The Center for the Study of Law and Markets at William & Mary Law School will hold its inaugural symposium on Friday, April 7. The event will bring together leading contract law theorists to examine the relationship between markets and the moral foundations of contract law.
Discussions will take as their starting point themes from the recently published book The Dignity of Commerce: Markets and the Moral Foundations of Contract Law (University of Chicago Press 2017) by Professor Nathan B. Oman, the Rollins Professor of Law at William & Mary. Admission to the conference is free and all are welcome to attend. For more information, contact Kelsey Rothera at email@example.com or call (757) 221-1518.
In his book, Professor Oman argues that markets are morally desirable for a variety of reasons other than their ability to efficiently allocate resources, and that contract law exists primarily to support such markets. Participants will present papers related to themes such as the moral status of markets, the normative justification of contract law, and the relationship between well-functioning markets and legal institutions.
Professor of Law
Fordham University Law School
Frederick W. Thomas Professor of Law and Philosophy
University of Minnesota Law School
Associate Professor of Law
Antonin Scalia Law School
George Mason University
Dean and Professor of Law
Willamette University College of Law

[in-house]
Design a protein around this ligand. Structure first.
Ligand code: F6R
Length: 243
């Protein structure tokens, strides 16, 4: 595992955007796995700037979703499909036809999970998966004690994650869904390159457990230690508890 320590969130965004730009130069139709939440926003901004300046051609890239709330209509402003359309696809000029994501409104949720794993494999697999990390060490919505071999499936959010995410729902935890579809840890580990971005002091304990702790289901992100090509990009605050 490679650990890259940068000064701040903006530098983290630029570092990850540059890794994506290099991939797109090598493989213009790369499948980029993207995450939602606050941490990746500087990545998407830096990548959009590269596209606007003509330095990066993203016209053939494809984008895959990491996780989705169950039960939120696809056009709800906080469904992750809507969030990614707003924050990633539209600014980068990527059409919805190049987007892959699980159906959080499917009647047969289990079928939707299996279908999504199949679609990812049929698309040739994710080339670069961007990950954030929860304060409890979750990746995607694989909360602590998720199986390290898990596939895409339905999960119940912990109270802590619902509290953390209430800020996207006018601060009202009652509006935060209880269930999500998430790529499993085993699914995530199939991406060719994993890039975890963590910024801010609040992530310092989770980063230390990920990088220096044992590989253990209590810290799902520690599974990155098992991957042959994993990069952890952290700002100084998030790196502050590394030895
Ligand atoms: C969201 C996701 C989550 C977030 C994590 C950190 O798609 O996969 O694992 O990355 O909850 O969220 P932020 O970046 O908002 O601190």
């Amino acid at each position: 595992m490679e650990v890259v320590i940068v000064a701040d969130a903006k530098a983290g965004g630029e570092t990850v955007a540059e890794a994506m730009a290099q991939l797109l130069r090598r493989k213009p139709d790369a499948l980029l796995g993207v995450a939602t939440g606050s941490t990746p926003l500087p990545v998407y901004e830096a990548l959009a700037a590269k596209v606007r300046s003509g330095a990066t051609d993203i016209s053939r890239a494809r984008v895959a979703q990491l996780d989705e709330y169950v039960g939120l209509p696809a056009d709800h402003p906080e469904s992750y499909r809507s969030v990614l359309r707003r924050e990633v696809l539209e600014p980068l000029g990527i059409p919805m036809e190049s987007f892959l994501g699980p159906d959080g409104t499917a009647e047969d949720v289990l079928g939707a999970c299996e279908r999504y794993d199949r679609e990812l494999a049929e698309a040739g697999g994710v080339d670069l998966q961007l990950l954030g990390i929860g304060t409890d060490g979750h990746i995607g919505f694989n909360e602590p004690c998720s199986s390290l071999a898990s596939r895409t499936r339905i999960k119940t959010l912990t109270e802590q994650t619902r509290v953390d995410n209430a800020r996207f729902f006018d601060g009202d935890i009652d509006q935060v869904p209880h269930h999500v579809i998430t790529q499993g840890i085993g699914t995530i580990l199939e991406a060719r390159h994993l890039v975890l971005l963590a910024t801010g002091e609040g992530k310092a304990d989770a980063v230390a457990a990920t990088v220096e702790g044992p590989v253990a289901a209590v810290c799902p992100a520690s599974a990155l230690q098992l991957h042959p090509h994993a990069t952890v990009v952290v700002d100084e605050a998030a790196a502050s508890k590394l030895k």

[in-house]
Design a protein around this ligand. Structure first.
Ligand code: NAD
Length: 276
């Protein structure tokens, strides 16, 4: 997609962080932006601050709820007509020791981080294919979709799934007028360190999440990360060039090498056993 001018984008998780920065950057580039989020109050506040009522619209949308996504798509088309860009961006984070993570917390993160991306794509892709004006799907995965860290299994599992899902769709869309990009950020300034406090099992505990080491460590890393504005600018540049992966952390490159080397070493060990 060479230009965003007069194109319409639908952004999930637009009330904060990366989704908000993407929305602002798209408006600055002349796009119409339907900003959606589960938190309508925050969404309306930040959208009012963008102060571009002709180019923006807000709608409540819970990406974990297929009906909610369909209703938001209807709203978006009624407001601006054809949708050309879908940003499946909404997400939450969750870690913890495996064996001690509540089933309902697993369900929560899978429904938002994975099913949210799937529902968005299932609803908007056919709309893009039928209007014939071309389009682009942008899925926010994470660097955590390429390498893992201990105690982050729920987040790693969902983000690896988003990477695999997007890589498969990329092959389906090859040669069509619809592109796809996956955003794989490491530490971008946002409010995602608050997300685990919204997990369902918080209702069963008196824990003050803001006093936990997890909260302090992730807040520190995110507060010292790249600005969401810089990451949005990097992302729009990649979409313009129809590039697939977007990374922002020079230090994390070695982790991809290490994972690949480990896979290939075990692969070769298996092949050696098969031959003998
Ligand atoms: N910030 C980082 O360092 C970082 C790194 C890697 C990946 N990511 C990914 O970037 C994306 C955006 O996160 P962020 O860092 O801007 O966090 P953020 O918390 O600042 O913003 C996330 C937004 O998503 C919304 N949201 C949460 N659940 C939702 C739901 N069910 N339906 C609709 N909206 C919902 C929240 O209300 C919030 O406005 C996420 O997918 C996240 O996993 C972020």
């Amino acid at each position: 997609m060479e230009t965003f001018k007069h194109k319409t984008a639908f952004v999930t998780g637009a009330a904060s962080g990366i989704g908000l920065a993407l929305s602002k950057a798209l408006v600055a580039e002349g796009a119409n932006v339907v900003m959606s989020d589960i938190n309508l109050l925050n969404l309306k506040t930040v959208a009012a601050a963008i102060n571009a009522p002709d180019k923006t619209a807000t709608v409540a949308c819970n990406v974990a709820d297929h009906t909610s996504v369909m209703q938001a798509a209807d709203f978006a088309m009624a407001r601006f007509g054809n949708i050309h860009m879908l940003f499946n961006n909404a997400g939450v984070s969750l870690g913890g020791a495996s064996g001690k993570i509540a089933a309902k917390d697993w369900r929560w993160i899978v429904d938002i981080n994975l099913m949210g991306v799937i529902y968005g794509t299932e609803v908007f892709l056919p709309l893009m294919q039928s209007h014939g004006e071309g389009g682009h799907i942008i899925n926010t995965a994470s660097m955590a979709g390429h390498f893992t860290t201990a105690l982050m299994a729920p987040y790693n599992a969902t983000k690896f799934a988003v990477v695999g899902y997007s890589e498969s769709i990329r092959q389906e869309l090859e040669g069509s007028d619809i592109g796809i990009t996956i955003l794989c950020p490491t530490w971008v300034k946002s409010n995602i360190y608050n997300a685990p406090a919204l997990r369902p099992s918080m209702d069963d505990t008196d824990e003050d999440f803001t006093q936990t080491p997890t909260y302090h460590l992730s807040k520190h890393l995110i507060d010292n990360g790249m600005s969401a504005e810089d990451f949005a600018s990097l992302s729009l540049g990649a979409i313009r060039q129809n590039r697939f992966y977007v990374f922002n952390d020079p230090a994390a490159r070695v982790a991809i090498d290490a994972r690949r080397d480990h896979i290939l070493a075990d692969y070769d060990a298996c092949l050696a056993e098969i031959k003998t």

Miriam A. Cherry
Professor of Law and
Director, William C. Wefel Center for Employment Law
St. Louis University School of Law
G. Marcus Cole
William F. Baxter-Visa International Professor of Law
Stanford Law School
Professor of Law
DePaul University College of Law
Robert A. Hillman
Edwin H. Woodruff Professor of Law
Cornell Law School
Kimberly D. Krawiec
Kathrine Robinson Everett Professor of Law
Duke Law School
Wenhao Liu, Ph.D.
Strategic Decisions Group (SDG)
Stanford University School of Medicine
Mark L. Movsesian
Frederick A. Whitney Professor of Contract Law and
Director, Center for Law and Religion
St. John's University School of Law
The Center for the Study of Law and Markets at William & Mary Law School seeks to advance the understanding of the role of legal institutions in promoting well-functioning markets in a free society. Learn more.
Thomas Jefferson founded William & Mary Law School in 1779 to train leaders for the new nation. Now in its third century, America's oldest law school continues its historic mission of educating citizen lawyers who are prepared both to lead and to serve.